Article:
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Derrick Crandall, president of the American Recreation Coalition (ARC), says recreation-related industries should view former Idaho Gov. Dirk Kempthorne as an ally if he passes congressional muster and becomes secretary of the U.S. Department of Interior sometime early this summer.
President Bush nominated Kempthorne to replace Gale Norton as Interior secretary following her resignation in March after five years as a member of Bush’s cabinet overseeing Interior’s agenda at the National Park Service, U.S. Bureau of Land Management, U.S. Fish & Wildlife Service, Bureau of Reclamation, Bureau of Indian Affairs, Office of Surface Mining and the U.S. Geological Survey.
Hearings on Kempthorne’s confirmation by the Senate had not been scheduled in early April, although confirmation was considered a formality, in part because the Senate tends to look kindly on its own members nominated to administrative posts.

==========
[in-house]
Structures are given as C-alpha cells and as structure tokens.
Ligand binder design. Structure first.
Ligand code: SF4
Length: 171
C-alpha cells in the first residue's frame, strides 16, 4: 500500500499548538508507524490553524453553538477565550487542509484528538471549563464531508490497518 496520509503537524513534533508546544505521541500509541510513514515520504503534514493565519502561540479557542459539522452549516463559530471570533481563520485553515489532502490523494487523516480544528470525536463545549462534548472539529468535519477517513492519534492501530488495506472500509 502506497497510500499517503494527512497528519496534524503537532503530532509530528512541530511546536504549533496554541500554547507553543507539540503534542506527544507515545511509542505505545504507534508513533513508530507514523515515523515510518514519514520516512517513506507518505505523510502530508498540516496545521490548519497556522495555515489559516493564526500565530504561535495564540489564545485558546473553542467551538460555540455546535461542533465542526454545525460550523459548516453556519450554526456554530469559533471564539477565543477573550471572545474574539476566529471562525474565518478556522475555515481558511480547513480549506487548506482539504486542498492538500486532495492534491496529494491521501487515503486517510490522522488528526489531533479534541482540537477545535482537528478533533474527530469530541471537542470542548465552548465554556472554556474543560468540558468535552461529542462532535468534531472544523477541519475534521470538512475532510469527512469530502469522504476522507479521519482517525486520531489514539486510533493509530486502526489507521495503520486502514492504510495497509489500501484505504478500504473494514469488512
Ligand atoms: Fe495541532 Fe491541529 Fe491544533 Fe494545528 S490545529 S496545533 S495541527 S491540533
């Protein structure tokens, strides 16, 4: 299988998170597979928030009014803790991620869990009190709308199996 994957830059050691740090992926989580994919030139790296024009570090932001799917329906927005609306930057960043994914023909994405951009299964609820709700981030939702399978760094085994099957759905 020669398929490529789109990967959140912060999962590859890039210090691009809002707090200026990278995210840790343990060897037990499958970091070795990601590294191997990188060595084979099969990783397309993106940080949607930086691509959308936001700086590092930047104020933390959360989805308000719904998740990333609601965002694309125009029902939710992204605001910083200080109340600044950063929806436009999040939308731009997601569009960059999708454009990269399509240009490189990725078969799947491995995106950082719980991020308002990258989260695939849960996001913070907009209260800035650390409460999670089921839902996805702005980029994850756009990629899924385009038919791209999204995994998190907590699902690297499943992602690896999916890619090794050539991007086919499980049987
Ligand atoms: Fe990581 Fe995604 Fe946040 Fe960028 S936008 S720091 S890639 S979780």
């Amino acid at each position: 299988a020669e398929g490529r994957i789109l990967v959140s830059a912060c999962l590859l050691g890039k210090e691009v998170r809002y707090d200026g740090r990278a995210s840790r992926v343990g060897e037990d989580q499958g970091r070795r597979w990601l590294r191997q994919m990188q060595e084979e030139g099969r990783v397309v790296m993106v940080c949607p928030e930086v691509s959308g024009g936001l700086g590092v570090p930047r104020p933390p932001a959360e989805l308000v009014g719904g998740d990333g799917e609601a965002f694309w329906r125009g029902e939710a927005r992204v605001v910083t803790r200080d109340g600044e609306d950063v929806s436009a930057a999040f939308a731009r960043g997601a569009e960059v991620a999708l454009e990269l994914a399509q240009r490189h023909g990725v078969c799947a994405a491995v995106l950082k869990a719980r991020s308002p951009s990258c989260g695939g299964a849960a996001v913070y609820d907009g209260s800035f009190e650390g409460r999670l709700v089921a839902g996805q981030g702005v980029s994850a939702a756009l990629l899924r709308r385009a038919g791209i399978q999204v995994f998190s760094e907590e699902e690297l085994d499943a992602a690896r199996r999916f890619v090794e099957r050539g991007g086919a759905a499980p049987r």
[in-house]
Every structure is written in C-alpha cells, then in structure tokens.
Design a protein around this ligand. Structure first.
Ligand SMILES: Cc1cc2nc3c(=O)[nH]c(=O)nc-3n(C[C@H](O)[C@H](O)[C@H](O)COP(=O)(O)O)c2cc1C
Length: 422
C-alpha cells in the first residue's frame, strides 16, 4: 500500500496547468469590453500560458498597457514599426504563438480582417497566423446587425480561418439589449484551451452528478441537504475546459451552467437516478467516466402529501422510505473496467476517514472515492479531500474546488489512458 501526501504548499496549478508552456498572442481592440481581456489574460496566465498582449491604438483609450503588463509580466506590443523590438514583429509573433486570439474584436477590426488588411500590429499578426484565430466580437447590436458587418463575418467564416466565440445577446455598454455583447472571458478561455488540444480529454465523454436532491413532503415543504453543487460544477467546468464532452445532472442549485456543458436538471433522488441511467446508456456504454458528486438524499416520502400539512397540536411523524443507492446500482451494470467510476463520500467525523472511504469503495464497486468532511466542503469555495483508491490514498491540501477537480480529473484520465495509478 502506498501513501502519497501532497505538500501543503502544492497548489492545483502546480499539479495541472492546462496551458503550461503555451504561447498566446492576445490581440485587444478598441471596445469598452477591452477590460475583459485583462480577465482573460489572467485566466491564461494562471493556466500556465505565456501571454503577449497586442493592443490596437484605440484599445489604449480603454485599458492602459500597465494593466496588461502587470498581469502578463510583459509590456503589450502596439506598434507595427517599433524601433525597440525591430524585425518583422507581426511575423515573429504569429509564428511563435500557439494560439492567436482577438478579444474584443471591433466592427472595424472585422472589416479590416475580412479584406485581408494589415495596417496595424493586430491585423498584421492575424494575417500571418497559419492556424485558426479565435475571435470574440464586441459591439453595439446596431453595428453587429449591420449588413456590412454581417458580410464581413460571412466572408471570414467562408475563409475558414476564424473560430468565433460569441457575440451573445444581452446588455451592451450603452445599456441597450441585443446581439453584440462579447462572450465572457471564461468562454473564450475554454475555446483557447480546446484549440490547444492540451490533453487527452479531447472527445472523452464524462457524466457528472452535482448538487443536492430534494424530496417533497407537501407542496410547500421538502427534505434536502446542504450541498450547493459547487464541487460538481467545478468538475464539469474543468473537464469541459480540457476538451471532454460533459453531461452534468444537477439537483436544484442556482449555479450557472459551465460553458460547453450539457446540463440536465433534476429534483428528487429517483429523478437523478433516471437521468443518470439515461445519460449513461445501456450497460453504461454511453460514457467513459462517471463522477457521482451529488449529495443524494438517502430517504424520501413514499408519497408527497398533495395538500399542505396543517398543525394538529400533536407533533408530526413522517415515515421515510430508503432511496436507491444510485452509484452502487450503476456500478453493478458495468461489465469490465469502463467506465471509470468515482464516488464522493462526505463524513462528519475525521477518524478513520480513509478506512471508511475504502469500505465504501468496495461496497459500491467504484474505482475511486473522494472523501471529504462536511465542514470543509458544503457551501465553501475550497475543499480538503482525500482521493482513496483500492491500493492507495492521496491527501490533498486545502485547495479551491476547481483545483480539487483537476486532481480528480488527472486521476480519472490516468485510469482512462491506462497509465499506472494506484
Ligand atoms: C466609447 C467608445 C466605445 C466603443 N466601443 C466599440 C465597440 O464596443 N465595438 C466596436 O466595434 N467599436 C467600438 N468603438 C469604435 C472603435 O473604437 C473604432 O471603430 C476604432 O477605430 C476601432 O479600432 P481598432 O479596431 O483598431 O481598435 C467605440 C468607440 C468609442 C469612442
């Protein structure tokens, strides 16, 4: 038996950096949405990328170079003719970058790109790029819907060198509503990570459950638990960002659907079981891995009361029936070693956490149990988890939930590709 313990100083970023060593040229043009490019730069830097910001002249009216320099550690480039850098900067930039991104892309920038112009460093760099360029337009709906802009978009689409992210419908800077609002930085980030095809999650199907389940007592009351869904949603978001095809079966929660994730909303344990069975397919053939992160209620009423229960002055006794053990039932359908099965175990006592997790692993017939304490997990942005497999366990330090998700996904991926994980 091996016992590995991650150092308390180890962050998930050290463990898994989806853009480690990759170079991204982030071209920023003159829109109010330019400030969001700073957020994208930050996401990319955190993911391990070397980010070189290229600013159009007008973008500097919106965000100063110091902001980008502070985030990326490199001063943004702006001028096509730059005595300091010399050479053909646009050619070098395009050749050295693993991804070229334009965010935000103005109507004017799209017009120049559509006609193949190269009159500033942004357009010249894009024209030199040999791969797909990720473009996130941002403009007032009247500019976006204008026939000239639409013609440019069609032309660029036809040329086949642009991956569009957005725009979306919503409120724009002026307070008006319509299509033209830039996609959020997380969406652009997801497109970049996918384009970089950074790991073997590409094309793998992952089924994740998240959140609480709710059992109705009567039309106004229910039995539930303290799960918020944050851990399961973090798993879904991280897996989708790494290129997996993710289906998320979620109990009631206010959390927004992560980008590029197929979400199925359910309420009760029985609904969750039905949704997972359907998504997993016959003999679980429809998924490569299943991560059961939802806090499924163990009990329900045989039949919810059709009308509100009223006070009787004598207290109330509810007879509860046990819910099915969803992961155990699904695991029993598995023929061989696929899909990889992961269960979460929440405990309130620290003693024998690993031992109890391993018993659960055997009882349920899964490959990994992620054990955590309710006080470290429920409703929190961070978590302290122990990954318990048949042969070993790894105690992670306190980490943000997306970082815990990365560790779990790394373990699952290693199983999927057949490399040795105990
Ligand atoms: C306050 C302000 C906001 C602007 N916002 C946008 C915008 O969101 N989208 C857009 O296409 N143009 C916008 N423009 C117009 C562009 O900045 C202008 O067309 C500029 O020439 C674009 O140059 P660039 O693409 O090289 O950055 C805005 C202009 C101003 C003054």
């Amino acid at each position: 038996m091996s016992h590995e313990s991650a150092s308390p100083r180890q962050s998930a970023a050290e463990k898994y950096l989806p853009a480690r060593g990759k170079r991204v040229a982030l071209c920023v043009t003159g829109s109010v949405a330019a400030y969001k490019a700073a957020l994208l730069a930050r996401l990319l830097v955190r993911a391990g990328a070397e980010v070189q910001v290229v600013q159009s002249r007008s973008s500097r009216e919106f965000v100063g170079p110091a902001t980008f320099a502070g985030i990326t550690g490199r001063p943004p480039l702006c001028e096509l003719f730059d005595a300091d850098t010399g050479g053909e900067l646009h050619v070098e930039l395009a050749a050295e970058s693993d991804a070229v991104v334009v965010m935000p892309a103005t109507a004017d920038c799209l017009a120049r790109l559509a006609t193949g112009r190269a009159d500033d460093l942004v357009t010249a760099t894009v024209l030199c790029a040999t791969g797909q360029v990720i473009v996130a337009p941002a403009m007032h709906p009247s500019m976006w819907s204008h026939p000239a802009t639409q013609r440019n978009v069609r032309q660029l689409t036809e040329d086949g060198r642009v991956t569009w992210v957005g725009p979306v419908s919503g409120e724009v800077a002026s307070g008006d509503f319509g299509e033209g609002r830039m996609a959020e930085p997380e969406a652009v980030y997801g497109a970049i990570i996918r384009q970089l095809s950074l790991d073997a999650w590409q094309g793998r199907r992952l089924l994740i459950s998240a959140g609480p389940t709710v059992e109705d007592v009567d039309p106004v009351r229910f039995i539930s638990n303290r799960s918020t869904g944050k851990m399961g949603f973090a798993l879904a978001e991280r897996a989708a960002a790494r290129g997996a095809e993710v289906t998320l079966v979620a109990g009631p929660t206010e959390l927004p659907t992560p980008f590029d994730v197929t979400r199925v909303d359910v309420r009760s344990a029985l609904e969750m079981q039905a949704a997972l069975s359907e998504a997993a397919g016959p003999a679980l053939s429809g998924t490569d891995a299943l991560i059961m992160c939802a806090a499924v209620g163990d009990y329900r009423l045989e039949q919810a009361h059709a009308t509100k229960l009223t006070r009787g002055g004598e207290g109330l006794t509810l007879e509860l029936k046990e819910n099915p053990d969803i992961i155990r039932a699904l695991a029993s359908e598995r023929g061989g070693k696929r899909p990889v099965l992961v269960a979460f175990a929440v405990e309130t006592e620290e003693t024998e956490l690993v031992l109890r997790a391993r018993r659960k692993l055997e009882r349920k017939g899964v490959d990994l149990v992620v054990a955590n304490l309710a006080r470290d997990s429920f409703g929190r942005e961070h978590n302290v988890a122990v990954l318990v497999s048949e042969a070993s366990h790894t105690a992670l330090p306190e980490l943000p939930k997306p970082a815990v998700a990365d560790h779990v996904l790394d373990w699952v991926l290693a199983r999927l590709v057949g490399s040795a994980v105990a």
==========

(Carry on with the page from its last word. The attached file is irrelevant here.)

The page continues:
“Dirk Kempthorne spent six years in the Senate and was a notable friend to a number of recreation programs,” Crandall said. “He was a key player in overcoming problems in the recreation trails program, and we worked with him on national forest and national park planning issues.
“Overall,” he added, “we found him to be very pragmatic to the benefits of working in partnership with the private sector and viewing American public lands as a way to strengthen rural and western communities.”
Norton’s tenure also was considered pragmatic by supporters, while she was viewed by critics as too favorable to energy and mining interests as the Bush administration’s primary proponent for expanding oil and gas drilling in the West and Alaska.
Crandall said that almost instant criticism of Kempthorne by national environmental organizations just comes with the job in a Republican administration. “He was elected governor of Idaho by a sizable majority and he was re-elected by a larger majority,” Crandall said. “I would not expect that any western Republican would satisfy any national environmental group.”